Half A Sixpence at Kilworth House Theatre – review
The musical is the second of the outdoor theatre season
What is the use in good luck and a good fortune if you are not keeping good company? When young orphan apprentice Arthur Kipps unexpectedly inherits a great sum of money, he soon realises that the most valued currency doesn't jiggle in your pockets – and that coins, in fact, weigh you down.
Kilworth House Theatre is an enchanting find. Sitting modestly in a wooden glade illuminated by sparkling lights that flirt with the reflection of a still lake, the open-air theatre is inviting on a warm summer evening. Here, Nick Winston (Bonnie and Clyde) directs a completely charming production of ''Half A Sixpence''. Transported to Folkestone at the turn of the 20th century, there are frocks, finery and fantastic great high kicks that tell the rags-to-riches tale.
Dominic Sibanda's Arthur Kipps is a delight as he navigates his new fortune, gentleman lifestyle and subsequent love triangle. Starting coy – a little shy, even – he gradually relaxes into the performance and delivers his musical numbers with aplomb. His "Pick Out A Simple Tune" can be likened to the joy of the first lick of a soft serve ice-cream, with the steadily plucked banjo the tang of the raspberry sauce.
In this comedic seaside rendezvous, Sarah Goggin plays a perfectly poised lady Helen Walsingham with doting tenderness. Laura Baldwin plays Ann, a strong-willed but big-hearted local girl earning an honest wage as a chamber maid. Her south coast accent is her roar in defence, but it's a shame we don't see more of her to champion the sweetheart union that the story chases.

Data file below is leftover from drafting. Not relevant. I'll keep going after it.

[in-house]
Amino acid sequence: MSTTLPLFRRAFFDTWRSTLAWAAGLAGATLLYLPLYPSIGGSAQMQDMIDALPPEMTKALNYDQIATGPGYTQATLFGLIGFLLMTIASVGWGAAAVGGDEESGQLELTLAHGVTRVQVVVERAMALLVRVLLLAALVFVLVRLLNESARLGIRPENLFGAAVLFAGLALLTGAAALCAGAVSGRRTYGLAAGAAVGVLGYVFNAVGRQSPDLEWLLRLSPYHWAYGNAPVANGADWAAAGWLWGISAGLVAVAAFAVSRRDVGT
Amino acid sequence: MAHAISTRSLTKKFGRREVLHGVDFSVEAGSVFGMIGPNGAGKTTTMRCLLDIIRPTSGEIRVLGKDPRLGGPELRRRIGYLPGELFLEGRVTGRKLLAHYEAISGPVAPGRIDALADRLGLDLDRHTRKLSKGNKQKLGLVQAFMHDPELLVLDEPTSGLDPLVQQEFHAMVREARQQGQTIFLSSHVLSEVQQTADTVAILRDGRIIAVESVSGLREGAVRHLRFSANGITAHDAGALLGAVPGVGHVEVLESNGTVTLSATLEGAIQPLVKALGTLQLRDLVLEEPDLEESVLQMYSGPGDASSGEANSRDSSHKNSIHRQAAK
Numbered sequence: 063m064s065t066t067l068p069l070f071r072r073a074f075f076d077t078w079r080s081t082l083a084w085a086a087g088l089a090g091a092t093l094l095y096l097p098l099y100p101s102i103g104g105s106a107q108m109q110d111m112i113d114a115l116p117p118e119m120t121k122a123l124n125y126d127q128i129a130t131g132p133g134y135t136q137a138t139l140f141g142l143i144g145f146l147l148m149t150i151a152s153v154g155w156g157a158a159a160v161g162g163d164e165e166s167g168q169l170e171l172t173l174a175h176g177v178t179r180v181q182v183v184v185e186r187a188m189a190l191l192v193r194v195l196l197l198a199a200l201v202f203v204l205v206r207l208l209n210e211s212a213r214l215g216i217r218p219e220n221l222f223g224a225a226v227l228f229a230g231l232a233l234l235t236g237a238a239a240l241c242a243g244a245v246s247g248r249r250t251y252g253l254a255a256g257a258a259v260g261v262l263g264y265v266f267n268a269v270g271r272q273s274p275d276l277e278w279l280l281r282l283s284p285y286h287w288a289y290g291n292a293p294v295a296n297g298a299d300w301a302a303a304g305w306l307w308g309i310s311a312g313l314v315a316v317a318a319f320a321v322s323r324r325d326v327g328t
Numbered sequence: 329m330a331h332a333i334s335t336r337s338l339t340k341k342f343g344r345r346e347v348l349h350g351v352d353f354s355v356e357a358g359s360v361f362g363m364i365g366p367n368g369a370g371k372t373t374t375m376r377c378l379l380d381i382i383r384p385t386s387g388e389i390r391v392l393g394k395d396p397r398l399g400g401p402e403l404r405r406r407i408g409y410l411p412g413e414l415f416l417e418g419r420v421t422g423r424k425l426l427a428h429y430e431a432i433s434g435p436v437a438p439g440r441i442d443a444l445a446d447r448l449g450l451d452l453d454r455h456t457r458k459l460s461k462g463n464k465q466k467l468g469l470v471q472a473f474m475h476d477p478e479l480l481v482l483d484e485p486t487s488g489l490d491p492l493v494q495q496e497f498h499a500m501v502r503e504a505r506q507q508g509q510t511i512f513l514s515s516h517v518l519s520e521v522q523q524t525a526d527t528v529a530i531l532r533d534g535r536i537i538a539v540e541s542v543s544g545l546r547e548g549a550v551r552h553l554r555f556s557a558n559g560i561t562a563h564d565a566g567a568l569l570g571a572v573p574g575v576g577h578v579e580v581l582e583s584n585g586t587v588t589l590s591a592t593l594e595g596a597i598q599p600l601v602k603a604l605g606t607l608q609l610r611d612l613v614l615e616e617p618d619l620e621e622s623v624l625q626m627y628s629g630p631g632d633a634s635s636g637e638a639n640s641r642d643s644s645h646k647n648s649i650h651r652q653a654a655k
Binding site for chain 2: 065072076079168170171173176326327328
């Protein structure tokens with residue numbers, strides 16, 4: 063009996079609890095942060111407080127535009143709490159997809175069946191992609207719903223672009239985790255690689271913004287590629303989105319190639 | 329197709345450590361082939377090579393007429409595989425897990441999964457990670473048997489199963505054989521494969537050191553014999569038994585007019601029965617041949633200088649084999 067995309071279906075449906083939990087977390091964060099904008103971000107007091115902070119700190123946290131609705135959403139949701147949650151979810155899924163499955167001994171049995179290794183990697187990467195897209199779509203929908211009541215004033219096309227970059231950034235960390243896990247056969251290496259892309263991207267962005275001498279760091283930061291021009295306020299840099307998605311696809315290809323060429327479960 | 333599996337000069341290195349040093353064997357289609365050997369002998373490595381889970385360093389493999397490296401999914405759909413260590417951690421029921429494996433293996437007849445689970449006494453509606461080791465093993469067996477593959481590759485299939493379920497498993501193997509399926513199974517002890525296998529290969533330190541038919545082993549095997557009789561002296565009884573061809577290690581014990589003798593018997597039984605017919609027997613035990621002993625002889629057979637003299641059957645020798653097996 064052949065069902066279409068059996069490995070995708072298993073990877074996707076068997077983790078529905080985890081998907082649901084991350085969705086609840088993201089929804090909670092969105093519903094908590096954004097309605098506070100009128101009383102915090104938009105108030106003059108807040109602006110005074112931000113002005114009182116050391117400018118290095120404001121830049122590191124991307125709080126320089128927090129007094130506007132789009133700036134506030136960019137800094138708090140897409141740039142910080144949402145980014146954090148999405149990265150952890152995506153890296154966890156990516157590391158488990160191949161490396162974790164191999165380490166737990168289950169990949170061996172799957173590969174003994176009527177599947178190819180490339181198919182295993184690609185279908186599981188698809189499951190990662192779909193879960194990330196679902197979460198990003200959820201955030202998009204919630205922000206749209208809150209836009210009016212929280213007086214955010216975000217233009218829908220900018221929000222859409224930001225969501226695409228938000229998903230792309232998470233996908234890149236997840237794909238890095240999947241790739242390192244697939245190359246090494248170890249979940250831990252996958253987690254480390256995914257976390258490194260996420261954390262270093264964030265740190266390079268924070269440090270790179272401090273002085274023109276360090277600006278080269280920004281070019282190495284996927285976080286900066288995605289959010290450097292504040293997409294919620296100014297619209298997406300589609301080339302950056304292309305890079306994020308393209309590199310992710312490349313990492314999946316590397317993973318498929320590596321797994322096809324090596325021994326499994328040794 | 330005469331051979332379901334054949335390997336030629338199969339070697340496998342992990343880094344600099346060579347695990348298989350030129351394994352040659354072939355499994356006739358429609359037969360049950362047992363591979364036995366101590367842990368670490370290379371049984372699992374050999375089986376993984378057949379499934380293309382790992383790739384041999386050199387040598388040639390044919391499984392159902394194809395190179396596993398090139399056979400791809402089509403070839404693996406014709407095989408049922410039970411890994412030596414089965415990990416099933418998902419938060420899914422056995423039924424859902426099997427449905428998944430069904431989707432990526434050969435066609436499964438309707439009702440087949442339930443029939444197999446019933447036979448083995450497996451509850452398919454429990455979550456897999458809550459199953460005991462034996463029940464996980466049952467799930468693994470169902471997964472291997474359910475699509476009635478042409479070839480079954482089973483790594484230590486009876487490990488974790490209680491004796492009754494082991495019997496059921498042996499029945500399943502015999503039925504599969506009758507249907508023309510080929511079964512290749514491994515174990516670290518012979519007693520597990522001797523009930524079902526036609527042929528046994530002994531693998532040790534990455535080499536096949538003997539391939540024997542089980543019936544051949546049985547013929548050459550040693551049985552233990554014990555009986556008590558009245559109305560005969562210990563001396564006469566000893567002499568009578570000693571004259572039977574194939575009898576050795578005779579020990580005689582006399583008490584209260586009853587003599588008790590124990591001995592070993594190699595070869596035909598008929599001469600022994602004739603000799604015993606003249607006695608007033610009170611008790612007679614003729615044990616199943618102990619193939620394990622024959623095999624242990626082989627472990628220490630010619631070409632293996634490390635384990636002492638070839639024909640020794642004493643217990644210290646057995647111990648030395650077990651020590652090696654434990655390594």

Christopher Mundy conducts a hearty orchestra as David Heneker's original music and new additions from George Stiles and Anthony Drewe blend as seamlessly as the sea kissing the sky at dusk. The high-spirited "Money To Burn" acts as a rally call and "If The Rain's Got To Fall" is a gleeful love song that manages to keep the rain at bay till after the interval. Of course, "Flash, Bang, Wallop!" provides a whopping big knees-up.
Winston's stomping choreography is right on the money and performed with energetic ease by a stellar ensemble that fill every inch of the large performance space; even using the aisles as a seafront to promenade. As Flo (a comic superstar in waiting, Tamara Morgan) and Ann yearn for "Just A Little Touch Of Happiness" they race along the white rails of the pier with lightness.
Jason Taylor's lighting gently transitions the outdoor space from evening to dark. Paired with Philip Witcomb set and costume design, the stage is awash with soft Neapolitan strokes washed over with almost dreamlike caws of seagulls and crashing of waves.
Giving a nod and a wink to British humour and archetypes – take Mrs Walshingham (a wonderfully over the top Penelope Woodman), a woman so richly greedy she'd gobble up anything and anyone, in contrast to playful playwright Chitterlow (an instantly loveable Matthew Woodyatt) - H G Wells' novel is as prevalent today with wealth and title separating society, judgement and expectations.
Half A Sixpence is bright and breezy, and will likely have you searching eBay for a banjo.